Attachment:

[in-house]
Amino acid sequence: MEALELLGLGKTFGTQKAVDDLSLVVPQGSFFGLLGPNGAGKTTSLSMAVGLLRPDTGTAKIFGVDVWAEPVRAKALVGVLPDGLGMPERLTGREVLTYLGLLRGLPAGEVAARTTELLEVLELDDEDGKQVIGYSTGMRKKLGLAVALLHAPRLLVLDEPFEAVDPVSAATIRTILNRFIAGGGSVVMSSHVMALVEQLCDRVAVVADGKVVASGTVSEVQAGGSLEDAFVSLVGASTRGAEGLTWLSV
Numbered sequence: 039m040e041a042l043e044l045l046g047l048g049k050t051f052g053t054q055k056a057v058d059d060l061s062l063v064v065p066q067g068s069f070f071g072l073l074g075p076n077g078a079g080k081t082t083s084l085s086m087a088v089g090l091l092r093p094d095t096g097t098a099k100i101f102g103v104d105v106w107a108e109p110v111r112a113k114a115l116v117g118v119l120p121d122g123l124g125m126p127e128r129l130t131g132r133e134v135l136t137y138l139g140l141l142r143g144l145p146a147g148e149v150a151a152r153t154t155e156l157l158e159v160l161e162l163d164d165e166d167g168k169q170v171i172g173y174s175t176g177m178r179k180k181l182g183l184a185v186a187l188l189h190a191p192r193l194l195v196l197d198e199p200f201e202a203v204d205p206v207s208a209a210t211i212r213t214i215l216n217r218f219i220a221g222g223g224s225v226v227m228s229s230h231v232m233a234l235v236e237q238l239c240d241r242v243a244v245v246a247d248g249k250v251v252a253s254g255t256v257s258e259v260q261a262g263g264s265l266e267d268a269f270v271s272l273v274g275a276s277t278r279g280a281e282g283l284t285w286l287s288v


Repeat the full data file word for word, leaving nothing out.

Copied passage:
[in-house]
Amino acid sequence: MEALELLGLGKTFGTQKAVDDLSLVVPQGSFFGLLGPNGAGKTTSLSMAVGLLRPDTGTAKIFGVDVWAEPVRAKALVGVLPDGLGMPERLTGREVLTYLGLLRGLPAGEVAARTTELLEVLELDDEDGKQVIGYSTGMRKKLGLAVALLHAPRLLVLDEPFEAVDPVSAATIRTILNRFIAGGGSVVMSSHVMALVEQLCDRVAVVADGKVVASGTVSEVQAGGSLEDAFVSLVGASTRGAEGLTWLSV
Numbered sequence: 039m040e041a042l043e044l045l046g047l048g049k050t051f052g053t054q055k056a057v058d059d060l061s062l063v064v065p066q067g068s069f070f071g072l073l074g075p076n077g078a079g080k081t082t083s084l085s086m087a088v089g090l091l092r093p094d095t096g097t098a099k100i101f102g103v104d105v106w107a108e109p110v111r112a113k114a115l116v117g118v119l120p121d122g123l124g125m126p127e128r129l130t131g132r133e134v135l136t137y138l139g140l141l142r143g144l145p146a147g148e149v150a151a152r153t154t155e156l157l158e159v160l161e162l163d164d165e166d167g168k169q170v171i172g173y174s175t176g177m178r179k180k181l182g183l184a185v186a187l188l189h190a191p192r193l194l195v196l197d198e199p200f201e202a203v204d205p206v207s208a209a210t211i212r213t214i215l216n217r218f219i220a221g222g223g224s225v226v227m228s229s230h231v232m233a234l235v236e237q238l239c240d241r242v243a244v245v246a247d248g249k250v251v252a253s254g255t256v257s258e259v260q261a262g263g264s265l266e267d268a269f270v271s272l273v274g275a276s277t278r279g280a281e282g283l284t285w286l287s288v